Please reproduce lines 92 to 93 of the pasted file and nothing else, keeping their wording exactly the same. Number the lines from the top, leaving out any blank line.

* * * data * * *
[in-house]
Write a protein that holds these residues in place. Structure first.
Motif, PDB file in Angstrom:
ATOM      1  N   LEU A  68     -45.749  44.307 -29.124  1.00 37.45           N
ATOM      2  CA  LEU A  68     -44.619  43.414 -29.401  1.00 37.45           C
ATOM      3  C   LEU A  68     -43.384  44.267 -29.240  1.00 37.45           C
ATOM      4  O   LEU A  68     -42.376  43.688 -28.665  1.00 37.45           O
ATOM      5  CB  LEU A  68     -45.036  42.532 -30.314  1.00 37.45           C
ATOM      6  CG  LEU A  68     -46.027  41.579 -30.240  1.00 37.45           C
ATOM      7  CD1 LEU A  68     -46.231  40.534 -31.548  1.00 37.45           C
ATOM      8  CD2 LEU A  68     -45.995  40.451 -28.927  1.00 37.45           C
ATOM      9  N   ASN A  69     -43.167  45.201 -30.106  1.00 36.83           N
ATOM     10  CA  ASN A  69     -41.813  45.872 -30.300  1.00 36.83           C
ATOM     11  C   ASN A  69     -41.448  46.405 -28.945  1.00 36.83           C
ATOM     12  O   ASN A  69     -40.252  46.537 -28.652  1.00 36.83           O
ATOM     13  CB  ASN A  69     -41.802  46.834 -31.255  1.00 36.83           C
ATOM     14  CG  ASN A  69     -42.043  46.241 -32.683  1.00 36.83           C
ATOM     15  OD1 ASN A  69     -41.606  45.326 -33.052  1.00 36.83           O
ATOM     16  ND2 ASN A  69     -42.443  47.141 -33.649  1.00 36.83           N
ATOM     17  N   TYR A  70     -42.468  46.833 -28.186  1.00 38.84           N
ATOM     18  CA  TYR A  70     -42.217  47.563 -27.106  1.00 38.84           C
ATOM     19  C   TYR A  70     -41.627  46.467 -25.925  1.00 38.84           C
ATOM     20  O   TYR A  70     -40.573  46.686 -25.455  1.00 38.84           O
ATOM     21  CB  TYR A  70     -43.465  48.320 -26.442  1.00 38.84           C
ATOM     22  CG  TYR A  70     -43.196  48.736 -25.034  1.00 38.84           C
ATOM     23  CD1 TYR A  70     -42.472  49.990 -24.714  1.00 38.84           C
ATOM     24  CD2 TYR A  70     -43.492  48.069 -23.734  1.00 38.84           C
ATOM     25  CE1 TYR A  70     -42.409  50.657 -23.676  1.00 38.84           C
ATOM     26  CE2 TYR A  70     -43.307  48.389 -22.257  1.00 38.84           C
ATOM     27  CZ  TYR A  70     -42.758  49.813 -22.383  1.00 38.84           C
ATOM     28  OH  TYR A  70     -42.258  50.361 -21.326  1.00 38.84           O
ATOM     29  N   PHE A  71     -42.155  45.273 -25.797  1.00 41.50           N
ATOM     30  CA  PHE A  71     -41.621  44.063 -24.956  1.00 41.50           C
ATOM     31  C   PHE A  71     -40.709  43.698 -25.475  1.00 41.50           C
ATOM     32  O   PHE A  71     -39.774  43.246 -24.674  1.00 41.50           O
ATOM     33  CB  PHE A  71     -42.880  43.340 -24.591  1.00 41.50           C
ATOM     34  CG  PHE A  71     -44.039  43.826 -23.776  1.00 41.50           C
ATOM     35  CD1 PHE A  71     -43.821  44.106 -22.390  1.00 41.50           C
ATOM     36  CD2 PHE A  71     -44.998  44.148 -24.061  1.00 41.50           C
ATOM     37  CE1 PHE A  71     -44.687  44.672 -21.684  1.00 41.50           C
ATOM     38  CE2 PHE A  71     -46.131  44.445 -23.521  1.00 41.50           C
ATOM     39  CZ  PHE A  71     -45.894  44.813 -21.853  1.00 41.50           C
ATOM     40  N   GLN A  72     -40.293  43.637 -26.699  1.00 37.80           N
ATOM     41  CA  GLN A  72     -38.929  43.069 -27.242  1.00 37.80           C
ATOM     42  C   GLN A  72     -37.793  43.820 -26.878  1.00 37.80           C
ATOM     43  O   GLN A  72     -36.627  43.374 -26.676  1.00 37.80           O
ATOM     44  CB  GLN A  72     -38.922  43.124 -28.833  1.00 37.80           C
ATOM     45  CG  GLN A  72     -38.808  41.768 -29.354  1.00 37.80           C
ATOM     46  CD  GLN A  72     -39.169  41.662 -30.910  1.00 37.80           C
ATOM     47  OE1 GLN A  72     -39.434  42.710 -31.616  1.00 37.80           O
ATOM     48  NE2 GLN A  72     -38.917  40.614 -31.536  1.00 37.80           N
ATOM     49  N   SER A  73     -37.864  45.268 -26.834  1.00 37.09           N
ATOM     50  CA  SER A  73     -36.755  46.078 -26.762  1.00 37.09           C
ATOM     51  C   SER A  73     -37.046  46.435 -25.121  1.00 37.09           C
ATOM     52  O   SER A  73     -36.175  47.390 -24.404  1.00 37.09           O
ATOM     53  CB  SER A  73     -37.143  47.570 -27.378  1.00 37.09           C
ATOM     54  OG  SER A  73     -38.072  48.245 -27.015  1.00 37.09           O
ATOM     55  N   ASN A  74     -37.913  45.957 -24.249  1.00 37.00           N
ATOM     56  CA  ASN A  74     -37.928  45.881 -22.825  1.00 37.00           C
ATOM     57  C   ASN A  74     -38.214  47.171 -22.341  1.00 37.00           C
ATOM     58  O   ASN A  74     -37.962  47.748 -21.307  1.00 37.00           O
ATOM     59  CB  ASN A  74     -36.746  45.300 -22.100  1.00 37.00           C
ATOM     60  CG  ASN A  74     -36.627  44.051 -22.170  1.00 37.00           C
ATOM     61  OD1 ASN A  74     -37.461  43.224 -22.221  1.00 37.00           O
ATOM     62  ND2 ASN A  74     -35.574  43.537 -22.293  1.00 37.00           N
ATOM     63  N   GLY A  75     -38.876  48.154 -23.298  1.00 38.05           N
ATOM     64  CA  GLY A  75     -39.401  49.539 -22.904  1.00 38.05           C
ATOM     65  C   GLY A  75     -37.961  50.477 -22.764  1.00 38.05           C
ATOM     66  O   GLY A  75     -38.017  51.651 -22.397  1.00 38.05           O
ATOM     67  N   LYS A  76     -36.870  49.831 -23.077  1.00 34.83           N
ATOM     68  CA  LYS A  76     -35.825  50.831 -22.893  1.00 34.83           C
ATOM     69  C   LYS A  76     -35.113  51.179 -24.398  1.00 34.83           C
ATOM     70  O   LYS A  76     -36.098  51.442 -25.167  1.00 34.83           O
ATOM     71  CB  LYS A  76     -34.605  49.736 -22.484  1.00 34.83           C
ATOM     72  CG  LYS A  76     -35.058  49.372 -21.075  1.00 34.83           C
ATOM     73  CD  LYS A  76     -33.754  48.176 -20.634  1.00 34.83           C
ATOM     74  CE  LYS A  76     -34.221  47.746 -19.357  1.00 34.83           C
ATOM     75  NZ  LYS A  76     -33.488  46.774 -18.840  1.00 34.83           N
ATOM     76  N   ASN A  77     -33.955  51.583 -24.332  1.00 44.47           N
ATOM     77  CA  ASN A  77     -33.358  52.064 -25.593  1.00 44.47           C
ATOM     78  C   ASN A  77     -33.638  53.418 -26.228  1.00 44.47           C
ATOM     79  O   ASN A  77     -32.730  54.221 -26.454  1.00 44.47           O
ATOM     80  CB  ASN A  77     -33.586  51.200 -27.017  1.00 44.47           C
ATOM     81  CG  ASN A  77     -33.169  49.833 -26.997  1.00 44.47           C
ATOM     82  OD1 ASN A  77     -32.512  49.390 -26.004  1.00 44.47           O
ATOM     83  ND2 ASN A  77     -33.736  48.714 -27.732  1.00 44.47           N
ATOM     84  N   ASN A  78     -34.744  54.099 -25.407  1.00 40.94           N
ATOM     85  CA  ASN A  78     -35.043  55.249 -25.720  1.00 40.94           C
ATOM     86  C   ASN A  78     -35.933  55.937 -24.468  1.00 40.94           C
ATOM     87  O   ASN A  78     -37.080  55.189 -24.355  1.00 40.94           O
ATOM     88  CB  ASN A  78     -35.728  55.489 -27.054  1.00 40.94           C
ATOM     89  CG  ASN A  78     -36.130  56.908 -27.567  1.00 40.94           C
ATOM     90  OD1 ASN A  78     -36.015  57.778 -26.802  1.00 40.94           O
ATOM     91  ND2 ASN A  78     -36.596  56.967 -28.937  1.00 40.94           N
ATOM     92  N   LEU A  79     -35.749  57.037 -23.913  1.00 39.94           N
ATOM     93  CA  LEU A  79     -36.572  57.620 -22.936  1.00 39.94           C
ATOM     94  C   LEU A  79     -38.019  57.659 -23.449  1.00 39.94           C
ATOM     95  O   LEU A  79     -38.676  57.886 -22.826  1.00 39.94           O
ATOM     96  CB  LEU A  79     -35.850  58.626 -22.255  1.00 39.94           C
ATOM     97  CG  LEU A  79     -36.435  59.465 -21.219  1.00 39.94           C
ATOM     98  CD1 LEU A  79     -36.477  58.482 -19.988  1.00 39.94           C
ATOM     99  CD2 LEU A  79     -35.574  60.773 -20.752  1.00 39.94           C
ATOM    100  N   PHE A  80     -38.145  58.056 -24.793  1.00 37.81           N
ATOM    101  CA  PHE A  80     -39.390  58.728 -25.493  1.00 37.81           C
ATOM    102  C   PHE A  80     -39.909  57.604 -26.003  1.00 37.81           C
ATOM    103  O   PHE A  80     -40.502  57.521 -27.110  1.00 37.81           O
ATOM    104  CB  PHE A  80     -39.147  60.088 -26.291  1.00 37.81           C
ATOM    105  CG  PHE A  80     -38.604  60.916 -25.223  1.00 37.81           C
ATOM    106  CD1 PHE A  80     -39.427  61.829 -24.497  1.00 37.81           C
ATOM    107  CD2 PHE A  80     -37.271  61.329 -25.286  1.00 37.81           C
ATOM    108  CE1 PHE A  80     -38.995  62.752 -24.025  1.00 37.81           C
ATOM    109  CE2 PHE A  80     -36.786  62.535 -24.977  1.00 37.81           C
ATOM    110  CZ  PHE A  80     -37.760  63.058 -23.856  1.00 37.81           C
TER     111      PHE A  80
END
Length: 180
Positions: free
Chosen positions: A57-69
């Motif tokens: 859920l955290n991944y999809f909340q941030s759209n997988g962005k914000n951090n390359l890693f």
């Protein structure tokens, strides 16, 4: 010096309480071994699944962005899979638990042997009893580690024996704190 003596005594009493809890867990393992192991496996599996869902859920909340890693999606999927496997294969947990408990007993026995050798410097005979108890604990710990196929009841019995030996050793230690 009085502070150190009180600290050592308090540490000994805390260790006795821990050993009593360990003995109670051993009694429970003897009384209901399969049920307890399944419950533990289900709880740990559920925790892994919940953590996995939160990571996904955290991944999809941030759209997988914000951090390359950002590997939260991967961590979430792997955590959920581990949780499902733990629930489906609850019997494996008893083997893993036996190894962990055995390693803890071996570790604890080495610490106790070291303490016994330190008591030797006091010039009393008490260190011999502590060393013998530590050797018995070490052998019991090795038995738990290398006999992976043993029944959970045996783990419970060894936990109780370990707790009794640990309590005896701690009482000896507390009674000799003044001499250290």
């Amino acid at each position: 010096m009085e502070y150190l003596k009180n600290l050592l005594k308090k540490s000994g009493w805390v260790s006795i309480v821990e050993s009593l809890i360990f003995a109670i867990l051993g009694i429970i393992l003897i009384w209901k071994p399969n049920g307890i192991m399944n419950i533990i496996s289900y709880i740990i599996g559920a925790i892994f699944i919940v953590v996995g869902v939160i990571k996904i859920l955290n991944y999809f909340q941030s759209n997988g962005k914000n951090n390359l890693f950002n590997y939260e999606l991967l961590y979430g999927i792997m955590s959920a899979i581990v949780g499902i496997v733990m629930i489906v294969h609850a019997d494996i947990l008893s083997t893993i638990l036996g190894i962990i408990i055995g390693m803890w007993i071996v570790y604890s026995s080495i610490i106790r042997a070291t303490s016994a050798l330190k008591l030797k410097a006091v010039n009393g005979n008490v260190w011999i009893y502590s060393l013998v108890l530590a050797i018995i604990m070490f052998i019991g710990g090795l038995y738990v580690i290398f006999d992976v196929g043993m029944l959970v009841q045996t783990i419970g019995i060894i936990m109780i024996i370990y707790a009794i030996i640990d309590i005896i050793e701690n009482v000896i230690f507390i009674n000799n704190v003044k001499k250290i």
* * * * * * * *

ATOM     89  CG  ASN A  78     -36.130  56.908 -27.567  1.00 40.94           C
ATOM     90  OD1 ASN A  78     -36.015  57.778 -26.802  1.00 40.94           O